And it gets worse. If being a B.C. fiction writer seems a handicap, being a B.C. fiction writer published by a B.C. publisher appears to double the problem, at the very least. Never mind that our two GG fiction winners weren’t published by a BC publisher. Of the 12 B.C. fiction writers who have made the GG shortlist since 1979 (the year the Canada Council’s archive for the GG awards begins listing finalists), only one was published by a B.C. publisher. That was Carol Windley for her debut collection of short stories, Visible Light, published by Oolichan Books in 1993. The other 11 were all published by Ontario publishers.
Can it get any worse than that? Well, yes, it can. One might be forgiven for assuming that our own book prize for fiction—the Ethel Wilson Fiction Prize, inaugurated in 1985—would go at least some distance toward filling the pumpkin box. After all, its winners have to be BC authors. But who’s published them? Does geography and publishing politics possibly influence the pecking order of a prize limited to authors who have lived in this province for three of the past five years?
Answer: It turns out that of the winners of the Ethel Wilson prize for BC fiction since 1985, a mere three have been published by BC publishers. Twice the winners were published by Douglas & McIntyre, once by Talonbooks. All the rest were published by Ontario publishers. And the shortlists reveal much the same story. They reveal an almost unbroken record of having only one shortlisted fiction writer published by a BC publisher every year. Most of the rest were published by Ontario publishers.
So what should we conclude from this? It depends on whether you favour conspiracy theories, Alice’s Law of Coincidental Coincidences, or plain bad luck. Is there something inherent in B.C. fiction that just doesn’t work for Torontonians? Or is it that Ontario publishers cream off our most successful authors and leave only the beginners and the mid-list authors to our BC publishers? If that were true, why aren’t more of those B.C. authors published by Ontario publishers winning GG’s and Gillers?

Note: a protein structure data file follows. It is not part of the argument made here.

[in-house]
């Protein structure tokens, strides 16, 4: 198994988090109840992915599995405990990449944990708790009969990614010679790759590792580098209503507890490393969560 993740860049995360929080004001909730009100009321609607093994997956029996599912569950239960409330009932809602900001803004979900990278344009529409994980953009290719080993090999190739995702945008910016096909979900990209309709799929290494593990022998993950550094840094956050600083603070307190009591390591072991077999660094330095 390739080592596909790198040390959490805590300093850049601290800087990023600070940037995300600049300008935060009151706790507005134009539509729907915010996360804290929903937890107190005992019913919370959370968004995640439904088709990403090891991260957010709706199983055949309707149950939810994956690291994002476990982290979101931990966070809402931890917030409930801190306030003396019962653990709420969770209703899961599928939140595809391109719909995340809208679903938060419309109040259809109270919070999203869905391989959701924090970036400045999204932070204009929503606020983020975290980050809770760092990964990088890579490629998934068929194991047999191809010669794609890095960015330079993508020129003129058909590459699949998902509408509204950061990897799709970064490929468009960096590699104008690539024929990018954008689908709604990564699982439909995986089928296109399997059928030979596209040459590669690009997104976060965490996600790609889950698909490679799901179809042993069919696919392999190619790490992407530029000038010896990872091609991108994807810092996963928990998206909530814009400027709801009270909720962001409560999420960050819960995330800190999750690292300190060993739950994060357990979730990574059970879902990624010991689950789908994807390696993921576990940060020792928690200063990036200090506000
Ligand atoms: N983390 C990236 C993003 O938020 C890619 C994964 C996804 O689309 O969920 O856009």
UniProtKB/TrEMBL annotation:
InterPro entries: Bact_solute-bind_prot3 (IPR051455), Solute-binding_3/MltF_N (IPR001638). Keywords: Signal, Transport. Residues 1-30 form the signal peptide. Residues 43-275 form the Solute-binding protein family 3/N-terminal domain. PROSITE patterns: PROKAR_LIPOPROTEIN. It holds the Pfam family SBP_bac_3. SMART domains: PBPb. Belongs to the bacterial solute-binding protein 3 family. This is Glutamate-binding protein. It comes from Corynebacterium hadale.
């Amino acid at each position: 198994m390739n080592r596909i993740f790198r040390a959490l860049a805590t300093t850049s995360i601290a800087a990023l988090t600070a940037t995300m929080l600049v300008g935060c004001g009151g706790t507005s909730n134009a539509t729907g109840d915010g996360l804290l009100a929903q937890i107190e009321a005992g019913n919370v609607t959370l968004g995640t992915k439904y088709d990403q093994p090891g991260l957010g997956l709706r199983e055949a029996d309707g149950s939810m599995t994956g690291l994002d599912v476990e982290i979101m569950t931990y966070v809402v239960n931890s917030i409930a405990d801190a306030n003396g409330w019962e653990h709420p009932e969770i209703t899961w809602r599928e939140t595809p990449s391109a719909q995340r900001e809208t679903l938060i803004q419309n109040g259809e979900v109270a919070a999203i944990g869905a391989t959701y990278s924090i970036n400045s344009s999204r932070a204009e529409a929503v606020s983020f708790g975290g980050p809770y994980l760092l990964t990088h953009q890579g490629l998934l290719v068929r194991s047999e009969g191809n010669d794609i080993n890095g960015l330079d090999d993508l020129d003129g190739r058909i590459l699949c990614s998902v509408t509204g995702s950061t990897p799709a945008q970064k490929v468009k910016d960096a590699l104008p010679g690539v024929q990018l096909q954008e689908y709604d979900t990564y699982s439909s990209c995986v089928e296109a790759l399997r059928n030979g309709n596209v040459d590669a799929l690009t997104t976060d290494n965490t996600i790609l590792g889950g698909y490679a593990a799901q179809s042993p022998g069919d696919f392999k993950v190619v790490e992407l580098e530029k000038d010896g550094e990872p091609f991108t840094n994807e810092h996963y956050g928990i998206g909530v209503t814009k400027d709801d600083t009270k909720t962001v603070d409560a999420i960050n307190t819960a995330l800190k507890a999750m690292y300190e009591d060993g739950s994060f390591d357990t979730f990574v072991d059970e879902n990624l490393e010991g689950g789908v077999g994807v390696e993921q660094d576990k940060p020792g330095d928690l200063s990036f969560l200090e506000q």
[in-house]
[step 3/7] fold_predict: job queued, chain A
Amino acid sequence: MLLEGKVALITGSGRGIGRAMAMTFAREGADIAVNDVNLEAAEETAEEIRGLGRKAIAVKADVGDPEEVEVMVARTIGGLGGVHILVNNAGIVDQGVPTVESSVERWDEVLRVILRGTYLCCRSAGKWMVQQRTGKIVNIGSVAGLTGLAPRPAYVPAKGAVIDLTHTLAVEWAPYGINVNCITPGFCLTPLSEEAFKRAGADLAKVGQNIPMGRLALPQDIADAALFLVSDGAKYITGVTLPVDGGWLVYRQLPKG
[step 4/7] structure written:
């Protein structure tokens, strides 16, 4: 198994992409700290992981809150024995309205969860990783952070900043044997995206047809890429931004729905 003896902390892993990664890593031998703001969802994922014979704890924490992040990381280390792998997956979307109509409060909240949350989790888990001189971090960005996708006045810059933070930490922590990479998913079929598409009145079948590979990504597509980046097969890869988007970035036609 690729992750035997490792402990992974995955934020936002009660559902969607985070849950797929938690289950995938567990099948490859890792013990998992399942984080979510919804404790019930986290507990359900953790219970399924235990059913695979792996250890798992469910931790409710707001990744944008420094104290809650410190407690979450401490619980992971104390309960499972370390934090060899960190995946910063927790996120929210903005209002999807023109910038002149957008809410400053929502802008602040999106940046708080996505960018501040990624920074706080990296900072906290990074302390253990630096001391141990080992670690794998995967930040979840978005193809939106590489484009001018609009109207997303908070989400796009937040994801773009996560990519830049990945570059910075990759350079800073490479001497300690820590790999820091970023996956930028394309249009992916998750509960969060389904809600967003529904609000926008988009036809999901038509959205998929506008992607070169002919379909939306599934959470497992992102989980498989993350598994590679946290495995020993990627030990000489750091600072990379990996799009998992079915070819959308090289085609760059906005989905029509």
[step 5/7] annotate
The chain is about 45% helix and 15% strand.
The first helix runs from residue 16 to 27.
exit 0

Alan Twigg, publisher of BC BookWorld, has made it his business to keep track of the “uneven playing field for fiction” for 20 years. Before writing this article, I asked him to comment on my research. His response was blunt. “The fiction game is played in Moscow,” he wrote. “We are in Vladivostok.”
Public Lending Rights founder/overseer Andreas Schroeder of Roberts Creek has re-investigated his Mennonite roots for three novellas that comprise Renovating Heaven (Oolichan).
Andreas Schroeder was presented with the Graeme Gibson Award by The Writers’ Union of Canada at its Annual General Meeting on May 26, 2012. Established by the Union in 1991 for “varied and remarkable contributions to improve the circumstances of writers in Canada,” the award was first given to Graeme Gibson. In 1992 it was given to Pierre Berton and in 2011 to Heather Robertson. Andreas Schroeder is its fourth recipient.
Andreas Schroeder was the Chair of The Writers’ Union in 1976/77 and was instrumental in creating Canada’s Public Lending Right (PLR), which came into existence in 1986. The Public Lending Right provides for a modest but critical annual payment to Canadian book authors whose works are available in Canadian libraries for lending. As early as 1972 writers including Matt Cohen and Marian Engel began lobbying for a Public Lending Right in Canada. Andreas got involved in earnest in 1975, and it took 11 more years of effort before the Public Lending Right Commission came into being. He then became its Founding Chair (1985-1988) and continued to serve on its Board from 1988 to 2008. By PLR’s 25th anniversary in 2011, it was mailing cheques totalling $9.9 million to 17,487 Canadian authors.
“Every Canadian writer has Andreas to thank, Andreas and all those who worked so hard over the years for PLR,” said Greg Hollingshead, Writers’ Union Chair. “It’s been a wonderful legacy for a quarter century of Canadian writing.”
Andreas Schroeder is the author of 23 books of fiction, nonfiction, and poetry including Renovating Heaven, Shaking It Rough, Dustship Glory, and File of Uncertainties. His books have been finalists for the Governor General’s Literary Award, the Sealbooks First Novel Award, the Arthur Ellis Award for Non-Fiction, and the BC Book Prize Ethel Wilson Fiction Award. He has won the Ontario Library Association Red Maple Award twice for young-adult nonfiction. His work as a journalist has earned him a National Magazine Award, a Stephen Leacock Award, and a Canadian Association of Journalists’ Best Investigative Journalism Award. He has long been a mentor to young writers and currently holds the Rogers Communications Chair in Creative Nonfiction at the University of British Columbia. Andreas Schroeder lives in Roberts Creek, on British Columbia’s Sunshine Coast.